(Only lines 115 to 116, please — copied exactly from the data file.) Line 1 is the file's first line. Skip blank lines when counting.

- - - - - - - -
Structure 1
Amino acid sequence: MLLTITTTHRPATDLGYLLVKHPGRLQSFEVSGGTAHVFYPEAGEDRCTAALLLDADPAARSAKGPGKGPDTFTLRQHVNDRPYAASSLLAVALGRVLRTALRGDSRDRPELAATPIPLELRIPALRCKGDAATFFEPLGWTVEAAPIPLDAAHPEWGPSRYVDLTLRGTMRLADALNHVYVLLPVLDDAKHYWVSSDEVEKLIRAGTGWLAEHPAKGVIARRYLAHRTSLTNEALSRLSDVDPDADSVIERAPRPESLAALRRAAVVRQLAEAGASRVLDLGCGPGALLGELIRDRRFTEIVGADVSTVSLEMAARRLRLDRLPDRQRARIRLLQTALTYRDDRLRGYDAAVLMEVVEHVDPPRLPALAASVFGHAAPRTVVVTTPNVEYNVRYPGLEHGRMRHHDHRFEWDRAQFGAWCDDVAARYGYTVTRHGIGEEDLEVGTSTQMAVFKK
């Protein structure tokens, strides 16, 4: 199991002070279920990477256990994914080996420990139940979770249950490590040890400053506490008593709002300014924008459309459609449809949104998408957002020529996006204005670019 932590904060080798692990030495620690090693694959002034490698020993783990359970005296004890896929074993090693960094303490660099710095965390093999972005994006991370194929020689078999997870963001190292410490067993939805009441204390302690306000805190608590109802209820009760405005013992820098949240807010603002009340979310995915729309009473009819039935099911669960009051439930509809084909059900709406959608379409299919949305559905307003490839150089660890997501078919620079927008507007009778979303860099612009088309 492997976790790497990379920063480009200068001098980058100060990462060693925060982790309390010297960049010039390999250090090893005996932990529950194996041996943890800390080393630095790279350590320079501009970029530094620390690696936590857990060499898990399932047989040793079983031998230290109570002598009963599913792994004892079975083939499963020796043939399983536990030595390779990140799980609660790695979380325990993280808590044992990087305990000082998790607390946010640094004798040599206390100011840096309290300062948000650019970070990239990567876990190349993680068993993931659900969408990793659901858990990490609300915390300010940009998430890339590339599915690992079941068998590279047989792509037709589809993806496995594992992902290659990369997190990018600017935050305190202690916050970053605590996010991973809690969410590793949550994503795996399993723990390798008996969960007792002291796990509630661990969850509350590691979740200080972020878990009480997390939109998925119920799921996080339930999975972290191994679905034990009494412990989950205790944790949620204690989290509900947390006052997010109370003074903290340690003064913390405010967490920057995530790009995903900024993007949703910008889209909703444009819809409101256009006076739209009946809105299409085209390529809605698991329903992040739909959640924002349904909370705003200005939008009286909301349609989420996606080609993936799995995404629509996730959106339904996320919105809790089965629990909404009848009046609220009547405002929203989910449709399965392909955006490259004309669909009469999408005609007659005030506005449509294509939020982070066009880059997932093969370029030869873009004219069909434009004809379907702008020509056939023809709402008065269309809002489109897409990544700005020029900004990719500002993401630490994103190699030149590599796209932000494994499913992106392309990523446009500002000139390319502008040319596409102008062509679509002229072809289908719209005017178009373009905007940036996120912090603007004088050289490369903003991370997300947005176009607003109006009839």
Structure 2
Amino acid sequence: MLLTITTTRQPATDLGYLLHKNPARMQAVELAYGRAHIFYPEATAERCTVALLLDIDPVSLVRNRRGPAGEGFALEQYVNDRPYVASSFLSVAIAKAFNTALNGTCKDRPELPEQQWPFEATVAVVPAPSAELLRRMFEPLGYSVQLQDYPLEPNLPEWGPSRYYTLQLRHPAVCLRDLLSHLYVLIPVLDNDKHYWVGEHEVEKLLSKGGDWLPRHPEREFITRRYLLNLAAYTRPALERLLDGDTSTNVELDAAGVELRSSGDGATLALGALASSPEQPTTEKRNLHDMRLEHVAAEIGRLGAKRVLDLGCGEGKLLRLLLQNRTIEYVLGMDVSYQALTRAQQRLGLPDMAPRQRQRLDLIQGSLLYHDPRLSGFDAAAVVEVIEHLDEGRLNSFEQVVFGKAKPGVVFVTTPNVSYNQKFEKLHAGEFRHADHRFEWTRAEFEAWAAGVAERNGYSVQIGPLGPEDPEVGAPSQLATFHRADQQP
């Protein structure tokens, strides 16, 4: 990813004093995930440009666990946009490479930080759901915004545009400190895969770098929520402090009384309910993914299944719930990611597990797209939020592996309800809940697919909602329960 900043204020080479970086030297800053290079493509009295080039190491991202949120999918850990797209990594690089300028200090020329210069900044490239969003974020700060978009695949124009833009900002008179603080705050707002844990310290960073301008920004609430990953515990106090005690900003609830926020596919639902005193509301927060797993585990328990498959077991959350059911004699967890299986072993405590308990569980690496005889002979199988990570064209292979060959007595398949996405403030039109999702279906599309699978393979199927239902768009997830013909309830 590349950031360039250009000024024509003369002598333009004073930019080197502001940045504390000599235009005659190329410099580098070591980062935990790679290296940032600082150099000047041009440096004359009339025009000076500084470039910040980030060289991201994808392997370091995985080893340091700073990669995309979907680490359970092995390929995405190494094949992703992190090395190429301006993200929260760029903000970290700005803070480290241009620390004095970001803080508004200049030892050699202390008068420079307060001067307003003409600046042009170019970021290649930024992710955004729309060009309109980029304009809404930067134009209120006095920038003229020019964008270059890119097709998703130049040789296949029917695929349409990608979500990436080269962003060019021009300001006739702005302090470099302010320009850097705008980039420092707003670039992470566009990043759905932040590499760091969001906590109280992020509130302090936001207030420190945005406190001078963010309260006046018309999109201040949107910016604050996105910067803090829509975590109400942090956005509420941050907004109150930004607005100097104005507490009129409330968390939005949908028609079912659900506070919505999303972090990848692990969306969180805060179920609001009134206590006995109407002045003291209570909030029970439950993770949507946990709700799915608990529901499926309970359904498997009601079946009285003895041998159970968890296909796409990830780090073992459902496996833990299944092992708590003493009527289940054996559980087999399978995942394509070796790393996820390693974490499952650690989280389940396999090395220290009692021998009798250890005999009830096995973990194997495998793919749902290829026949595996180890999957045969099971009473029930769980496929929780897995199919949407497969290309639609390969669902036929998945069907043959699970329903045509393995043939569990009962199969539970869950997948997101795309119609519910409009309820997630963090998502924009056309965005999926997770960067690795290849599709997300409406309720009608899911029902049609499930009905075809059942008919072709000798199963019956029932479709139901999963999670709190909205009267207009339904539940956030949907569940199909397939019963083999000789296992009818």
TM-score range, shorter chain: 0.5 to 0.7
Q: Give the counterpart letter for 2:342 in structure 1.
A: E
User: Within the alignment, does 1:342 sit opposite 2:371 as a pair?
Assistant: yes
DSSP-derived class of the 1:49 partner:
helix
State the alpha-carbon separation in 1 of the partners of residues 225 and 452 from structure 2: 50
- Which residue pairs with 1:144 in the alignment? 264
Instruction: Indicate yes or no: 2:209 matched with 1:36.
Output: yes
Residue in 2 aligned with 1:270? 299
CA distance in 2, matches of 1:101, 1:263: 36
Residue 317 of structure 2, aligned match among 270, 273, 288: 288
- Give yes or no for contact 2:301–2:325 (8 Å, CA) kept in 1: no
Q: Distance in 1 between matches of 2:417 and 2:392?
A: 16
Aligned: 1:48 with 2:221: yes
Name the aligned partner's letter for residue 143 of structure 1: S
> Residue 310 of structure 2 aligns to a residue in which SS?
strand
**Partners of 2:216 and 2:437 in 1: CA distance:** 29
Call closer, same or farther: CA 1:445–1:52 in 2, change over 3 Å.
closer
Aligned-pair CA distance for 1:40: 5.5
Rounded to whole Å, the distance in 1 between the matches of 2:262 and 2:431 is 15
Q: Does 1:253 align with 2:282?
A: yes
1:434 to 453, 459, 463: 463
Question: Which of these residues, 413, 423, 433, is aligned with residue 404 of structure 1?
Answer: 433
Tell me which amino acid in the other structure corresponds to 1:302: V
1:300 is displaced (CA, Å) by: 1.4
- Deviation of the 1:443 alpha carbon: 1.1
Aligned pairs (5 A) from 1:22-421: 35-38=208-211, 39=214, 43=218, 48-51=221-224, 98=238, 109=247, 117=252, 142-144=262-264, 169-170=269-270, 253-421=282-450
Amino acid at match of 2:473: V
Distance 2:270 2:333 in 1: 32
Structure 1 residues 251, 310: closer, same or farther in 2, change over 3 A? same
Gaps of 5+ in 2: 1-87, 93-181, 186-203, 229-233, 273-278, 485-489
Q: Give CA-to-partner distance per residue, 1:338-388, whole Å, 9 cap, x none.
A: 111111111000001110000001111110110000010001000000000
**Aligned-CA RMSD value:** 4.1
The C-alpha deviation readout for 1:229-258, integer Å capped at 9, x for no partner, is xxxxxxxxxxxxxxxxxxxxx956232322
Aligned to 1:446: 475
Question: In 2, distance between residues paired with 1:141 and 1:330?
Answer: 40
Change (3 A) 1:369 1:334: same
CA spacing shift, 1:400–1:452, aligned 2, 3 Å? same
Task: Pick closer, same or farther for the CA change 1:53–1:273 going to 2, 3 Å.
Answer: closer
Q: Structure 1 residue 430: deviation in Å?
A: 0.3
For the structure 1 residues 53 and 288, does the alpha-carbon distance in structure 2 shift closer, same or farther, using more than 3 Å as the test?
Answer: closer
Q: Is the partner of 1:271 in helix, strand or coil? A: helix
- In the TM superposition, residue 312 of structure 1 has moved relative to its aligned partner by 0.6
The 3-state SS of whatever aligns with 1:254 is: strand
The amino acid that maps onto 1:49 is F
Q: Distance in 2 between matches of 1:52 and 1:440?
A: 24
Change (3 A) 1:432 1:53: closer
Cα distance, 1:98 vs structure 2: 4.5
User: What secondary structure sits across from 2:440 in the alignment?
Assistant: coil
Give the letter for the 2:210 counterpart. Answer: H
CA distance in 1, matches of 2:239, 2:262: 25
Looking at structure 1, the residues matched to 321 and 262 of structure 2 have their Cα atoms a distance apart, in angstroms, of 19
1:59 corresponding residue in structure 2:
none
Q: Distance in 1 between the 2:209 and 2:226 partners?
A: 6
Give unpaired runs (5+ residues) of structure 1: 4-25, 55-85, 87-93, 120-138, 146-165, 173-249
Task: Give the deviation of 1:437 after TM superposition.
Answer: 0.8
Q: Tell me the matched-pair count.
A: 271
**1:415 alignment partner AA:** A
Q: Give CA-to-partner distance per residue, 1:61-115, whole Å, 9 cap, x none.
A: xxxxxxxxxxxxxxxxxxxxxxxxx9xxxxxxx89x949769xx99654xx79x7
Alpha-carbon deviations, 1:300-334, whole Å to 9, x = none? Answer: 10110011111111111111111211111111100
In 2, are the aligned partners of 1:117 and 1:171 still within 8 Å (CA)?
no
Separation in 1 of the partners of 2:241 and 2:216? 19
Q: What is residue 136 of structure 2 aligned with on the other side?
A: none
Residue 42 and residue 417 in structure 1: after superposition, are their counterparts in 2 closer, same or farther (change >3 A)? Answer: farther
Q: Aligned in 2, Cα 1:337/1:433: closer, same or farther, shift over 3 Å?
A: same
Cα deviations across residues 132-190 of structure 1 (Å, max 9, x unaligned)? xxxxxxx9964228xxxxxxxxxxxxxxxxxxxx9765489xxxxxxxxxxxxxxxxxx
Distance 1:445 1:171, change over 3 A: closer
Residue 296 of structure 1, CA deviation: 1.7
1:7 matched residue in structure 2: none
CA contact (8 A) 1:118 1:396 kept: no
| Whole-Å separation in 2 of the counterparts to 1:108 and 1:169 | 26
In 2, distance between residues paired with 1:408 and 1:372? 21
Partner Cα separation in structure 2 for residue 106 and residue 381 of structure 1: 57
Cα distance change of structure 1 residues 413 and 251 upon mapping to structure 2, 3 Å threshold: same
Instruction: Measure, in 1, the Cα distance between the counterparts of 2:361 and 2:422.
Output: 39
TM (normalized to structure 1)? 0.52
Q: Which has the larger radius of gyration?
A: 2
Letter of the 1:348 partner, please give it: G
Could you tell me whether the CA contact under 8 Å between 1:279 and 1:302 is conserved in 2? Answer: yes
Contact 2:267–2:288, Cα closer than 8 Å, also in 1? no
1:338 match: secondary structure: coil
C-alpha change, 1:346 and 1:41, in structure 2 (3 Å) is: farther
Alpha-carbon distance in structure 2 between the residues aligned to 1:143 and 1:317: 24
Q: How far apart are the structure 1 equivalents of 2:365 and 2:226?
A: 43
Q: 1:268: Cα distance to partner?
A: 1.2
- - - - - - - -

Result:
Q: How far apart are the structure 1 equivalents of 2:365 and 2:226?
A: 43